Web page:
Ellen Furlong

Associate Professor of Psychology

Psychology professor Ellen Furlong believes that her role as a teacher is to model responsible scientific thinking in the classroom and in the research she directs. 

“Encouraging scientific thinking improves student engagement and learning of the course material, but more importantly, it guides students to become better critical thinkers and acute consumers of scientific information generally,” she says. To that end, she works to create an inclusive and welcoming academic community so that her students feel comfortable enough to fully engage with the course material, their peers and their professor. 

And those efforts has paid dividends — Furlong has mentored several students in research projects that have resulted in presentations at national and international conferences and publications in well-regarded journals. “I enjoy watching students grow from consumers of information to producing knowledge on their own,” she says, adding that she sees her students as collaborators. “Students are involved in all aspects of research from design to data collection and analysis,” she notes, adding that, while sometimes students assist her on a pre-planned research project, “much more frequently, research questions arise collaboratively, from student interests and curiosity.”

Furlong — herself a Transy alumna — believes that a liberal arts education provides students with crucial critical thinking, evaluation and writing skills that will help them throughout the research and publication process. “The field of animal cognition is necessarily interdisciplinary,” she says. “We draw on the fields of biology, anthropology, psychology and others to inform our work. Students with a liberal arts background are often not daunted by this and are often quite eager to jump into such complex work.”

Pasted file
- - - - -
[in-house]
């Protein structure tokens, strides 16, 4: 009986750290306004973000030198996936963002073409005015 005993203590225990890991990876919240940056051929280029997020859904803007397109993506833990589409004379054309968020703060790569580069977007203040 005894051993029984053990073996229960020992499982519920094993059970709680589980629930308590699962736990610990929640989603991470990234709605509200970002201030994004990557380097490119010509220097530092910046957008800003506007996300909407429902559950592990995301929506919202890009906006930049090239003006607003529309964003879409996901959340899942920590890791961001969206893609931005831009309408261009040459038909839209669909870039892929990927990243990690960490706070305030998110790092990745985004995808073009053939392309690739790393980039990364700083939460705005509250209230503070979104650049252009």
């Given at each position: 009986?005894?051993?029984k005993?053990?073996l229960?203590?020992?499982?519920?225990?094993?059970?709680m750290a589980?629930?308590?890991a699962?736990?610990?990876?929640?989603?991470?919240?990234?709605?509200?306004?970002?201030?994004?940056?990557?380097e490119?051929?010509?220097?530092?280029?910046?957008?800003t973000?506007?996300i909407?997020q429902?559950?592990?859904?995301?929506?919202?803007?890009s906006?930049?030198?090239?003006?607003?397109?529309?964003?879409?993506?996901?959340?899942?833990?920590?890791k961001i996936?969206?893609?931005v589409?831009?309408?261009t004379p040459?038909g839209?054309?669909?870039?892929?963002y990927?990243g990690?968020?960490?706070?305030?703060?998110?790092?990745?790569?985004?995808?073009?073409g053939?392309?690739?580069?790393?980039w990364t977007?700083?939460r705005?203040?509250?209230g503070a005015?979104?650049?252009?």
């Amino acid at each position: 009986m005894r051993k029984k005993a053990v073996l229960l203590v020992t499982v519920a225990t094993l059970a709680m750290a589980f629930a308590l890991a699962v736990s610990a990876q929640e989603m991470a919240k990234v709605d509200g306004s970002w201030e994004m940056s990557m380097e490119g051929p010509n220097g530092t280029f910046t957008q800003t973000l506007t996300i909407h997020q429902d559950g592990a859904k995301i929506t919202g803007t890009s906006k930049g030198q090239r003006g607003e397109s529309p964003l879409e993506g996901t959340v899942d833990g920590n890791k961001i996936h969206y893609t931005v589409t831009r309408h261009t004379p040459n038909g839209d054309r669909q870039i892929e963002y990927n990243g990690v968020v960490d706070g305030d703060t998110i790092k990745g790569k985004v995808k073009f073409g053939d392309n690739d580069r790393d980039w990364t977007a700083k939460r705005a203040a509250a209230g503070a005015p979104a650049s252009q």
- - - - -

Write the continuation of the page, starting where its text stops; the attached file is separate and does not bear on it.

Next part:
In addition to helping students hone their academic skills, Transylvania is also an ideal fit for students who are interested in animals due to its location and partnerships. Furlong is currently working on establishing a canine cognition lab at the university, and Transylvania is near the Primate Rescue Center, the Louisville Zoo and in the heart of horse country. 

Outside of the classroom, Furlong enjoys spending time with her dog, Olive, and Olive’s two emotional support kittens, Martini and 007. She is also a runner who balances long runs with baking, saying, “Life is all about balance, and if I’m going to run all morning, you bet I’m going to snack all afternoon.”

Academic History

  • Ph.D., Psychology, The Ohio State University, 2008
  • M.A., Psychology, The Ohio State University, 2005
  • B.A., Mathematics, Transylvania University, 2003

Professional Memberships

  • American Psychological Association
  • Animal Behavior Society
  • Comparative Cognition Society
  • The Society for Teaching in Psychology

Courses Taught at Transy

  • Biopsychology
  • Animal Cognition
  • What Does Fido Know?
  • Experimental Psychology of Learning
  • Evolutionary Psychology
  • General Psychology
  • Statistics

Areas of Research and Specialization

  • Animal Cognition
  • Dog Cognition and Behavior
  • Behavioral Economics

Awards and Honors

  • Most Influential Professor, Illinois Wesleyan University.
  • “Phylogeny of Fairness: Roles of Number Representation and Social Cognition.” National Institutes of Health. NRSA Postdoctoral Fellowship. 2010-13. Ellen Furlong and Laurie Santos.

Recent Publications

Chance, P. & Furlong, E.E. (2022). Learning & Behavior. Cengage. [8th Edition]

Furlong, E.E. (2020). Decoding Dogs: Inside the Mind of a Dog. Audible Originals & The Great Courses.

Silver, Z.A.*, Furlong, E.E., Johnston, A.M. & Santos, L.R. (2020). Training differences predict dogs’ (Canis lupus familiaris) preferences for prosocial others. Animal Cognition. https://doi.org/10.1007/s10071-020-01417-9

Jia, R., Furlong, E.E., Gao, S., Santos, L. & Levy, I. (2020). Learning about the Ellsberg Paradox reduces, but does not abolish, ambiguity aversion. PLOS One 15(3), e0228782.

Furlong, E.E., Silver, Z.A. & Furlong, J. (2018). Anthropocentrism as Cognitive Dissonance in Animal Research? A commentary on Zentall. Animal Sentience.